Willmott Dixon to build net-zero carbon school

CGI of Hollycroft Primary School.

Willmott Dixon is adding to its net-zero school construction portfolio, after Leicestershire County Council appointed the firm for the county’s first net-zero in operation school. 

The company will build the £8.5m Hollycroft Primary School, a new 210-place school at Normandy Way, on the outskirts of Hinckley. 

It’s a key element in the ten-year Normandy Way development, where housebuilder Bloor Homes is creating a new community with 850 houses, retail space and community facilities.

The new school will also play a key role in the council’s plan to become a net-zero carbon county by 2045. 

Nick Heath, director at Willmott Dixon, said: “Having worked closely with Leicestershire County Council for many years building innovative new schools, we’re pleased to have another important project underway. 

“It will result in a sustainably-focused school that is not only innovative and flexible, but also supports the local authority’s ambitious net-zero targets. 

“All over the country, buildings of old have not been designed with the future in mind and this is where our pioneering approach is reinventing standards.”

The firm will use its Energy Synergy™ process, to help expose any potential performance gap for the council and consequently offer the opportunity to drive down operational costs.

Mr Heath explains this represents “a win for the client and for the environment”.

Willmott Dixon is harnessing energy usage prediction modelling to help the school, which will be run by the OWLS (Oadby, Wigston and Leicestershire Schools) Academy Trust, become net-zero in operation for both regulated and unregulated energy. 

The project is aiming to succeed in achieving BREEAM Excellent. 

The design process being used can be emulated so the council can more efficiently roll-out net-zero primary schools in the future – reducing design time, costs and inefficiencies and waste.  

Construction includes an easily assembled timber frame that will result in fewer embodied carbon emissions than a traditional steel frame.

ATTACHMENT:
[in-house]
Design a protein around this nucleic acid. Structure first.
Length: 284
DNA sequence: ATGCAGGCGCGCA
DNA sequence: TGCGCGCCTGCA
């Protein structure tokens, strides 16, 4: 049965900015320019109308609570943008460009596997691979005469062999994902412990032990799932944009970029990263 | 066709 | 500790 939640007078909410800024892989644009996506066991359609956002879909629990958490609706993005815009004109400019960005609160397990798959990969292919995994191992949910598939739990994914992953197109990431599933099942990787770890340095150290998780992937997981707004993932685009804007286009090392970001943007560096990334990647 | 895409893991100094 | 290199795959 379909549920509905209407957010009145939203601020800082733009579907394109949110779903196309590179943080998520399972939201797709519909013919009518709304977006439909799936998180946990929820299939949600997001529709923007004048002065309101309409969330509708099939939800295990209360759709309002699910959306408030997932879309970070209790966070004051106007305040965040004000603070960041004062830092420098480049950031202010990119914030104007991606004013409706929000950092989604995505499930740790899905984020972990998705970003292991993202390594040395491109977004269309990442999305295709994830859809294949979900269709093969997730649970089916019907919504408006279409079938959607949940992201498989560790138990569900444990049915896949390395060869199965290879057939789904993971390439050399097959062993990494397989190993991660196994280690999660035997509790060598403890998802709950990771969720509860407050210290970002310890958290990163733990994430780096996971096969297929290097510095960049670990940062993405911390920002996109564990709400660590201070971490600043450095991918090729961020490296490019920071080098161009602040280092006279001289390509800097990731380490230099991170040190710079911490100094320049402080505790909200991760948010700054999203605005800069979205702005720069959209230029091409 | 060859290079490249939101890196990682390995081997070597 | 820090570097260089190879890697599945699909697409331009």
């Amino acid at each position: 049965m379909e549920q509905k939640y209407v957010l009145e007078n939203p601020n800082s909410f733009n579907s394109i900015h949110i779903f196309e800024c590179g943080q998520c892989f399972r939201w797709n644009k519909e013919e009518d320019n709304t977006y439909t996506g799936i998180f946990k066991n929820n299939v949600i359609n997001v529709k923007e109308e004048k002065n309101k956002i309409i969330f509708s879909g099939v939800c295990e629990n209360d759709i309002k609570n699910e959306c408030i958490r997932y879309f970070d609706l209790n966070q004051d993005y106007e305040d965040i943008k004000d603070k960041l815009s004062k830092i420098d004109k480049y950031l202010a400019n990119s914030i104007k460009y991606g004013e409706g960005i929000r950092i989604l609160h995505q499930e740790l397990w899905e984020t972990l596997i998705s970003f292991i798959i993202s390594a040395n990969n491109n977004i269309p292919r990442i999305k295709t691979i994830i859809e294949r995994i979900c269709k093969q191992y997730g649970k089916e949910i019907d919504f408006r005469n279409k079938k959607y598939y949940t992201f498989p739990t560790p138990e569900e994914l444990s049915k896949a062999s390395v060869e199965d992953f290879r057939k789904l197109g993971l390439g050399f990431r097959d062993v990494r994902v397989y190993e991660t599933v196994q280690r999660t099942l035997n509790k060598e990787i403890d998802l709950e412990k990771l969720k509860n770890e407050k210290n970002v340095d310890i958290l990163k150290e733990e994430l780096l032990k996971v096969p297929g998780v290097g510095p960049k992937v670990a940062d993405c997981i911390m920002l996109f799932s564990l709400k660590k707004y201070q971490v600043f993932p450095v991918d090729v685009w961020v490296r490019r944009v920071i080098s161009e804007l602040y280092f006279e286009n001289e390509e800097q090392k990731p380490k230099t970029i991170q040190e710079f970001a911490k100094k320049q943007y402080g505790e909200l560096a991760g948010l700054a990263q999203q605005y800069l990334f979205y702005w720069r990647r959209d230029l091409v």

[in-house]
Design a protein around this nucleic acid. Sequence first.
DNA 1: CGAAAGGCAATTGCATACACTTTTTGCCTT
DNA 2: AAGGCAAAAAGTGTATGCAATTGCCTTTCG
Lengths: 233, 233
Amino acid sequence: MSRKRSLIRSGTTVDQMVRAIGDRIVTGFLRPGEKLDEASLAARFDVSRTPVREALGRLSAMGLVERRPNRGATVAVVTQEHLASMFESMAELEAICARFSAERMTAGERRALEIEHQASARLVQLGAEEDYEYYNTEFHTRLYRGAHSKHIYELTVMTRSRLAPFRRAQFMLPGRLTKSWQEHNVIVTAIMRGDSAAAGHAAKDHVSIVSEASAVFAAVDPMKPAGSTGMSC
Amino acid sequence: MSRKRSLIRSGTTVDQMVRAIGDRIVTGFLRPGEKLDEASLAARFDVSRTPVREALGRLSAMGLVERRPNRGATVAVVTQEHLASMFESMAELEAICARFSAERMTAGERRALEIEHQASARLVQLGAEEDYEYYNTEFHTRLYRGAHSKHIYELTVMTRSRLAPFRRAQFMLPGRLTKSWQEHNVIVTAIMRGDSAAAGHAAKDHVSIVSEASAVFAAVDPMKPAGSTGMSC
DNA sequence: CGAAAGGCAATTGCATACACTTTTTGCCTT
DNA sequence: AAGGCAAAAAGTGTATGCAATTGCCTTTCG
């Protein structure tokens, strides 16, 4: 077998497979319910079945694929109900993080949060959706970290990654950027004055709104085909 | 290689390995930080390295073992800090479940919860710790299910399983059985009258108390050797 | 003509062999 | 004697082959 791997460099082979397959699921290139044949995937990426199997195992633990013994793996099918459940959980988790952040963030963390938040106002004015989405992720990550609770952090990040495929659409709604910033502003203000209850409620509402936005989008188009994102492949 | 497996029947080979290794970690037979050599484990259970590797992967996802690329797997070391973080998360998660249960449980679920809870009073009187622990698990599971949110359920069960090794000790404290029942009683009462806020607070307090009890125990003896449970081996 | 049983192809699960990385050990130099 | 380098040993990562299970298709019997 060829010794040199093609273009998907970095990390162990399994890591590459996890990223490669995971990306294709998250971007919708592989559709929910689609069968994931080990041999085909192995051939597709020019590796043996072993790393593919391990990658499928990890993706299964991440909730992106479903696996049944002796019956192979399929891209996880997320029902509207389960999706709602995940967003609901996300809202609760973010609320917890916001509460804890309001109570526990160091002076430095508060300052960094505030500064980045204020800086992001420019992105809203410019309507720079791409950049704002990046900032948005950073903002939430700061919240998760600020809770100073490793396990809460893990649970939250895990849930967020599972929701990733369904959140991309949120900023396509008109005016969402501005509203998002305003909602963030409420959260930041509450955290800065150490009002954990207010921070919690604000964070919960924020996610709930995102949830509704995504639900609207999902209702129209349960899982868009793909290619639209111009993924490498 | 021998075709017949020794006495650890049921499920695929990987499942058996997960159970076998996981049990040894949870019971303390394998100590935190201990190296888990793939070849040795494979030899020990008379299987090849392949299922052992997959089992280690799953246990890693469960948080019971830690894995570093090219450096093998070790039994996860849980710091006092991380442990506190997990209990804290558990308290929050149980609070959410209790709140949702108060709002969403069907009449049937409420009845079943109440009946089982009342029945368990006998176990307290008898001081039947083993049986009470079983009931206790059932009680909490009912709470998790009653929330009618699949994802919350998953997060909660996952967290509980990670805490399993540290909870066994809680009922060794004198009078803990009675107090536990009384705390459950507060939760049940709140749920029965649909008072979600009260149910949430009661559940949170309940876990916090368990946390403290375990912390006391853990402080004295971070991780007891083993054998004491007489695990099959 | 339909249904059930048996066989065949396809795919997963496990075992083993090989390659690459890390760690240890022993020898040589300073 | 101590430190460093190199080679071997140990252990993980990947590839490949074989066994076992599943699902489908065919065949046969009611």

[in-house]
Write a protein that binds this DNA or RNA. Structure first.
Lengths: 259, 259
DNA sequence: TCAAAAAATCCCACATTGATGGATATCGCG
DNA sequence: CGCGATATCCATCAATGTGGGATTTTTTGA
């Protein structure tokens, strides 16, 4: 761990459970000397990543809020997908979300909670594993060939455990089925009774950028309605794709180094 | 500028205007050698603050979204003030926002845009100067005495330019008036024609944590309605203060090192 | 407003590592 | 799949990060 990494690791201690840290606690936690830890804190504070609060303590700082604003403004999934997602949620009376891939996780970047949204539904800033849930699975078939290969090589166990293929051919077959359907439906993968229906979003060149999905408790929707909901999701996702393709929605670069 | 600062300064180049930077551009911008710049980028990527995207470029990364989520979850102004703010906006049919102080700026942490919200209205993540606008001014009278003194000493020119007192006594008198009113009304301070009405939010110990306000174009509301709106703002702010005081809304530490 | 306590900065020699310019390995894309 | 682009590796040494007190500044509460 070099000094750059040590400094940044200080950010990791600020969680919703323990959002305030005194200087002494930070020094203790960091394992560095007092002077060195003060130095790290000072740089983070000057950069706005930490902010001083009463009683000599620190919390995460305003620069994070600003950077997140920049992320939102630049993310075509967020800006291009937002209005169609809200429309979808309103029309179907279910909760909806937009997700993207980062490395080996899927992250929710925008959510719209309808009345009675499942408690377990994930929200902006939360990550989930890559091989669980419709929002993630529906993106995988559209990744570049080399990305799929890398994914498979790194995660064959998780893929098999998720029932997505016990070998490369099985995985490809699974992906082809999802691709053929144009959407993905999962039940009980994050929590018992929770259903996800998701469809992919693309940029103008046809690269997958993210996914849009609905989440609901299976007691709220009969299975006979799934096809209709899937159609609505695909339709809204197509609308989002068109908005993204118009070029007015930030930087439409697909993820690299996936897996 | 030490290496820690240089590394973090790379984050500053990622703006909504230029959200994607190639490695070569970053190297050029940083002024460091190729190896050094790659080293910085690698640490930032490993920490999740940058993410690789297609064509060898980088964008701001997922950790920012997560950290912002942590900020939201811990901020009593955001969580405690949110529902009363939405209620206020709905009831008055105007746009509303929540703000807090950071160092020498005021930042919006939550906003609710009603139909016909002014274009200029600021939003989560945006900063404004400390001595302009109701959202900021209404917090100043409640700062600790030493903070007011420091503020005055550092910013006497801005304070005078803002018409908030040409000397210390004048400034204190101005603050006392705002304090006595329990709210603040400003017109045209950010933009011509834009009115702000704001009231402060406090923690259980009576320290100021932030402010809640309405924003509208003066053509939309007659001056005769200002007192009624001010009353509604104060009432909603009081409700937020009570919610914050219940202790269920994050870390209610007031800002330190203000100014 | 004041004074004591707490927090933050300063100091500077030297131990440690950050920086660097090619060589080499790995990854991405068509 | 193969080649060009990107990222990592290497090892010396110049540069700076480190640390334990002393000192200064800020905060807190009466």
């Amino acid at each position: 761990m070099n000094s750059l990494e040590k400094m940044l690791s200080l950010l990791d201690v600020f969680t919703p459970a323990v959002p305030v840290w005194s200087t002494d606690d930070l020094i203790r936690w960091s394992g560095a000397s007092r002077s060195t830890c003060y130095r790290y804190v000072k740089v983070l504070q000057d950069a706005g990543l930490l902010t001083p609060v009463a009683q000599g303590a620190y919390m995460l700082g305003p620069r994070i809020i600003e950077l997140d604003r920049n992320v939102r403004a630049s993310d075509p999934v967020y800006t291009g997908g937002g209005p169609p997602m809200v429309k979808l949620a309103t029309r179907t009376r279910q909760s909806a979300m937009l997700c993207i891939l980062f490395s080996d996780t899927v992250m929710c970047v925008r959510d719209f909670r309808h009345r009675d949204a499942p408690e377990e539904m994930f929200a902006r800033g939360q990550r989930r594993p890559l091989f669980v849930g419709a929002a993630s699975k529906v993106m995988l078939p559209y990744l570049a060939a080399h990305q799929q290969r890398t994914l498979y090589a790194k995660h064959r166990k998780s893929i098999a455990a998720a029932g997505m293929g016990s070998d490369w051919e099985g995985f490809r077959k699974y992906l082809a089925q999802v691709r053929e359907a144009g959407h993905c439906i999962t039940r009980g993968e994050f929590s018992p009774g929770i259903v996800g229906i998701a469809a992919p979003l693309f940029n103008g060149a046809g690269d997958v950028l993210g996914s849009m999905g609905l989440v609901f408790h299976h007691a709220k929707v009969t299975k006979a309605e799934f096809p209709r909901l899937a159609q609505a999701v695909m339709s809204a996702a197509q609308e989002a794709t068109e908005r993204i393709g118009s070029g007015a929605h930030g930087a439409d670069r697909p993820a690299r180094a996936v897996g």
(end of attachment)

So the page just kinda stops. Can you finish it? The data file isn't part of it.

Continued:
Priority has also been given to materials that will enhance the building’s thermal efficiency – such as enhanced fabric walls, floors and roof as well as enhanced performance windows, resulting in lower impact from outdoor temperatures and consequential heating and cooling costs.

Offsite manufacturing will also reduce the number of deliveries to site and halve the projected construction timeframe length for the timber frame erection in comparison to using traditional methods, which will in turn enable the pupils and staff to move into the new school earlier. 

Willmott Dixon is building the school on behalf of Leicestershire County Council through Procurement Hub’s Major Projects Framework, in a project team that also includes Kast Architects.

Cllr Deborah Taylor, Leicestershire County Council lead member for children and families, said: “I’m proud to say it will be the first Leicestershire school that will be carbon neutral and pupils that attend will learn in an environment that uses renewable energy, has an ‘A’ energy rating and the latest interactive learning equipment. 

“We hope children will love learning in the new building.”

Louise Dodds, client relationship manager, Procurement Hub said: “This is an exciting project that has been procured through the Major Projects Framework. 

“I’m pleased to be able to work with Leicestershire County Council to assist in delivery of the country’s first net-zero school with framework partner Willmott Dixon.”

Normandy Way Primary School is an Open Doors 2023 venue, an event taking place from 13 to 18 March to showcase the range of careers available in construction. 

Limited to schools, colleges and educational institutions only, the visit will include a health and safety briefing, an overview of the project, and a site tour revealing external roof and cladding works, as well as the timber frame being erected.

Get more details or book a space for the Open Doors event. 

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